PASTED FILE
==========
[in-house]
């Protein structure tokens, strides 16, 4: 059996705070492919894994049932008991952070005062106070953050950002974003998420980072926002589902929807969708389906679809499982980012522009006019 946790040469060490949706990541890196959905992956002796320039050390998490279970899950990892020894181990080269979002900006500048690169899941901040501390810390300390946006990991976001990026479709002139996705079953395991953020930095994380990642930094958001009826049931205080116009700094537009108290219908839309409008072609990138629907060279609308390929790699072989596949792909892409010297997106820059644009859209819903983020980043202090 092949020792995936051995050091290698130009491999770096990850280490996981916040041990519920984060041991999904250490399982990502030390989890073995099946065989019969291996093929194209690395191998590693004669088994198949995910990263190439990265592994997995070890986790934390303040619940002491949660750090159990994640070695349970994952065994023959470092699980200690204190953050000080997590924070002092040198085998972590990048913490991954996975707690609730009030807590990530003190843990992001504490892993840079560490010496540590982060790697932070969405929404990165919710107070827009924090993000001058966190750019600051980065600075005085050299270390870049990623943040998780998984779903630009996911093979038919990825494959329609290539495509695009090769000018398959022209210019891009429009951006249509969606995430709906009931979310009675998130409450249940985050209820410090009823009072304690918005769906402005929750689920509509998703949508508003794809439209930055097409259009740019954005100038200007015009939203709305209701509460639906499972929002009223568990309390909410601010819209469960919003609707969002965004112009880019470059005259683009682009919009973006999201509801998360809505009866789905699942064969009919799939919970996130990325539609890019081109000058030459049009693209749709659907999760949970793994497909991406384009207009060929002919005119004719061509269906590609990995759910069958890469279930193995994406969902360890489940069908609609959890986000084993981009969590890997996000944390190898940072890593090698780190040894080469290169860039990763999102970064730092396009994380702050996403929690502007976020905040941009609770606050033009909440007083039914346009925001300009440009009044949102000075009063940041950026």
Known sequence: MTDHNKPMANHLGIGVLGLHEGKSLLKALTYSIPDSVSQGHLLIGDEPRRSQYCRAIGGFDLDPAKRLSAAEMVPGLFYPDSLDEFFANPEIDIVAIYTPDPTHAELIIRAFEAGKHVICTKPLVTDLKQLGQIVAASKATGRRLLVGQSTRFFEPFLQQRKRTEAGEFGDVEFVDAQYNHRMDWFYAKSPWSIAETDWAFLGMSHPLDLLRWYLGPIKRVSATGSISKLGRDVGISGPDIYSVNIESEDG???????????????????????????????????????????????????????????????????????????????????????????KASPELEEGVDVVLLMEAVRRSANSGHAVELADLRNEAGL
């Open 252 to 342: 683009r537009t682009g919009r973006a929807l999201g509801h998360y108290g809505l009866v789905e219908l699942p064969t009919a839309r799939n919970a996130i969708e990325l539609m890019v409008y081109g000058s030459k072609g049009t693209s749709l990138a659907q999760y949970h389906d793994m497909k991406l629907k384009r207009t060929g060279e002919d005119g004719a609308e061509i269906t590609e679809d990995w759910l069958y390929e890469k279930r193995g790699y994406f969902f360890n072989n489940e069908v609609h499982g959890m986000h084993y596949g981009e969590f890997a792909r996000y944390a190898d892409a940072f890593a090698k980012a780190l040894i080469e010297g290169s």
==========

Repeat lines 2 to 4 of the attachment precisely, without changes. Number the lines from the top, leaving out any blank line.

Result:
């Protein structure tokens, strides 16, 4: 059996705070492919894994049932008991952070005062106070953050950002974003998420980072926002589902929807969708389906679809499982980012522009006019 946790040469060490949706990541890196959905992956002796320039050390998490279970899950990892020894181990080269979002900006500048690169899941901040501390810390300390946006990991976001990026479709002139996705079953395991953020930095994380990642930094958001009826049931205080116009700094537009108290219908839309409008072609990138629907060279609308390929790699072989596949792909892409010297997106820059644009859209819903983020980043202090 092949020792995936051995050091290698130009491999770096990850280490996981916040041990519920984060041991999904250490399982990502030390989890073995099946065989019969291996093929194209690395191998590693004669088994198949995910990263190439990265592994997995070890986790934390303040619940002491949660750090159990994640070695349970994952065994023959470092699980200690204190953050000080997590924070002092040198085998972590990048913490991954996975707690609730009030807590990530003190843990992001504490892993840079560490010496540590982060790697932070969405929404990165919710107070827009924090993000001058966190750019600051980065600075005085050299270390870049990623943040998780998984779903630009996911093979038919990825494959329609290539495509695009090769000018398959022209210019891009429009951006249509969606995430709906009931979310009675998130409450249940985050209820410090009823009072304690918005769906402005929750689920509509998703949508508003794809439209930055097409259009740019954005100038200007015009939203709305209701509460639906499972929002009223568990309390909410601010819209469960919003609707969002965004112009880019470059005259683009682009919009973006999201509801998360809505009866789905699942064969009919799939919970996130990325539609890019081109000058030459049009693209749709659907999760949970793994497909991406384009207009060929002919005119004719061509269906590609990995759910069958890469279930193995994406969902360890489940069908609609959890986000084993981009969590890997996000944390190898940072890593090698780190040894080469290169860039990763999102970064730092396009994380702050996403929690502007976020905040941009609770606050033009909440007083039914346009925001300009440009009044949102000075009063940041950026």
Known sequence: MTDHNKPMANHLGIGVLGLHEGKSLLKALTYSIPDSVSQGHLLIGDEPRRSQYCRAIGGFDLDPAKRLSAAEMVPGLFYPDSLDEFFANPEIDIVAIYTPDPTHAELIIRAFEAGKHVICTKPLVTDLKQLGQIVAASKATGRRLLVGQSTRFFEPFLQQRKRTEAGEFGDVEFVDAQYNHRMDWFYAKSPWSIAETDWAFLGMSHPLDLLRWYLGPIKRVSATGSISKLGRDVGISGPDIYSVNIESEDG???????????????????????????????????????????????????????????????????????????????????????????KASPELEEGVDVVLLMEAVRRSANSGHAVELADLRNEAGL
């Open 252 to 342: 683009r537009t682009g919009r973006a929807l999201g509801h998360y108290g809505l009866v789905e219908l699942p064969t009919a839309r799939n919970a996130i969708e990325l539609m890019v409008y081109g000058s030459k072609g049009t693209s749709l990138a659907q999760y949970h389906d793994m497909k991406l629907k384009r207009t060929g060279e002919d005119g004719a609308e061509i269906t590609e679809d990995w759910l069958y390929e890469k279930r193995g790699y994406f969902f360890n072989n489940e069908v609609h499982g959890m986000h084993y596949g981009e969590f890997a792909r996000y944390a190898d892409a940072f890593a090698k980012a780190l040894i080469e010297g290169s």